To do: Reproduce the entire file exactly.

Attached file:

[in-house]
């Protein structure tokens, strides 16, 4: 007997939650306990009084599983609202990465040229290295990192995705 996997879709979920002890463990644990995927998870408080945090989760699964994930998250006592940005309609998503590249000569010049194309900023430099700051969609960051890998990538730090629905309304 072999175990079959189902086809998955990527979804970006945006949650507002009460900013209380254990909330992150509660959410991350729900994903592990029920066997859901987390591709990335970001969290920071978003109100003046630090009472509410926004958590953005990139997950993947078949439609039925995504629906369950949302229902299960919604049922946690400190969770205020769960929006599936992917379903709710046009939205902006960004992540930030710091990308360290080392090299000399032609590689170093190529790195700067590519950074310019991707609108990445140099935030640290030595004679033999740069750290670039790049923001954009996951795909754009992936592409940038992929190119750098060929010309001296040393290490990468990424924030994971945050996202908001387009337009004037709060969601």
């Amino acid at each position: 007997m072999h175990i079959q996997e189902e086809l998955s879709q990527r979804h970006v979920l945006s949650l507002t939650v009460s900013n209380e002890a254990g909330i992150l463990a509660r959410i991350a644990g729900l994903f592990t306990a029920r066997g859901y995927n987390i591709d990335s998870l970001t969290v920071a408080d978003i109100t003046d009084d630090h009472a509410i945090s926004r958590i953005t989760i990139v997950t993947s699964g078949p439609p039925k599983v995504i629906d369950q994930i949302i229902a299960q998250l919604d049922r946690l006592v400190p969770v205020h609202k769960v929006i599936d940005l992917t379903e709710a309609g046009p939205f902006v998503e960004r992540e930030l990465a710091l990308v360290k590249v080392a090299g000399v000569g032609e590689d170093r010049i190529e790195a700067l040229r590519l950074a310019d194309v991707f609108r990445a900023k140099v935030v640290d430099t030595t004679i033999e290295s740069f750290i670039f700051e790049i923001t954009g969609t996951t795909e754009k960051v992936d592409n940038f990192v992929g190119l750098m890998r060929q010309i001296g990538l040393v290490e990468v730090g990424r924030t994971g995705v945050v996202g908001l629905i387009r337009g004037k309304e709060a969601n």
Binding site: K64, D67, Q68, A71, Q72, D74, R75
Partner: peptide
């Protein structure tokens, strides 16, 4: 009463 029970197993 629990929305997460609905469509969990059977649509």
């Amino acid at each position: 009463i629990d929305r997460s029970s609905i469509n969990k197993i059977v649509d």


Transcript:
[in-house]
């Protein structure tokens, strides 16, 4: 007997939650306990009084599983609202990465040229290295990192995705 996997879709979920002890463990644990995927998870408080945090989760699964994930998250006592940005309609998503590249000569010049194309900023430099700051969609960051890998990538730090629905309304 072999175990079959189902086809998955990527979804970006945006949650507002009460900013209380254990909330992150509660959410991350729900994903592990029920066997859901987390591709990335970001969290920071978003109100003046630090009472509410926004958590953005990139997950993947078949439609039925995504629906369950949302229902299960919604049922946690400190969770205020769960929006599936992917379903709710046009939205902006960004992540930030710091990308360290080392090299000399032609590689170093190529790195700067590519950074310019991707609108990445140099935030640290030595004679033999740069750290670039790049923001954009996951795909754009992936592409940038992929190119750098060929010309001296040393290490990468990424924030994971945050996202908001387009337009004037709060969601």
């Amino acid at each position: 007997m072999h175990i079959q996997e189902e086809l998955s879709q990527r979804h970006v979920l945006s949650l507002t939650v009460s900013n209380e002890a254990g909330i992150l463990a509660r959410i991350a644990g729900l994903f592990t306990a029920r066997g859901y995927n987390i591709d990335s998870l970001t969290v920071a408080d978003i109100t003046d009084d630090h009472a509410i945090s926004r958590i953005t989760i990139v997950t993947s699964g078949p439609p039925k599983v995504i629906d369950q994930i949302i229902a299960q998250l919604d049922r946690l006592v400190p969770v205020h609202k769960v929006i599936d940005l992917t379903e709710a309609g046009p939205f902006v998503e960004r992540e930030l990465a710091l990308v360290k590249v080392a090299g000399v000569g032609e590689d170093r010049i190529e790195a700067l040229r590519l950074a310019d194309v991707f609108r990445a900023k140099v935030v640290d430099t030595t004679i033999e290295s740069f750290i670039f700051e790049i923001t954009g969609t996951t795909e754009k960051v992936d592409n940038f990192v992929g190119l750098m890998r060929q010309i001296g990538l040393v290490e990468v730090g990424r924030t994971g995705v945050v996202g908001l629905i387009r337009g004037k309304e709060a969601n």
Binding site: K64, D67, Q68, A71, Q72, D74, R75
Partner: peptide
């Protein structure tokens, strides 16, 4: 009463 029970197993 629990929305997460609905469509969990059977649509």
């Amino acid at each position: 009463i629990d929305r997460s029970s609905i469509n969990k197993i059977v649509d």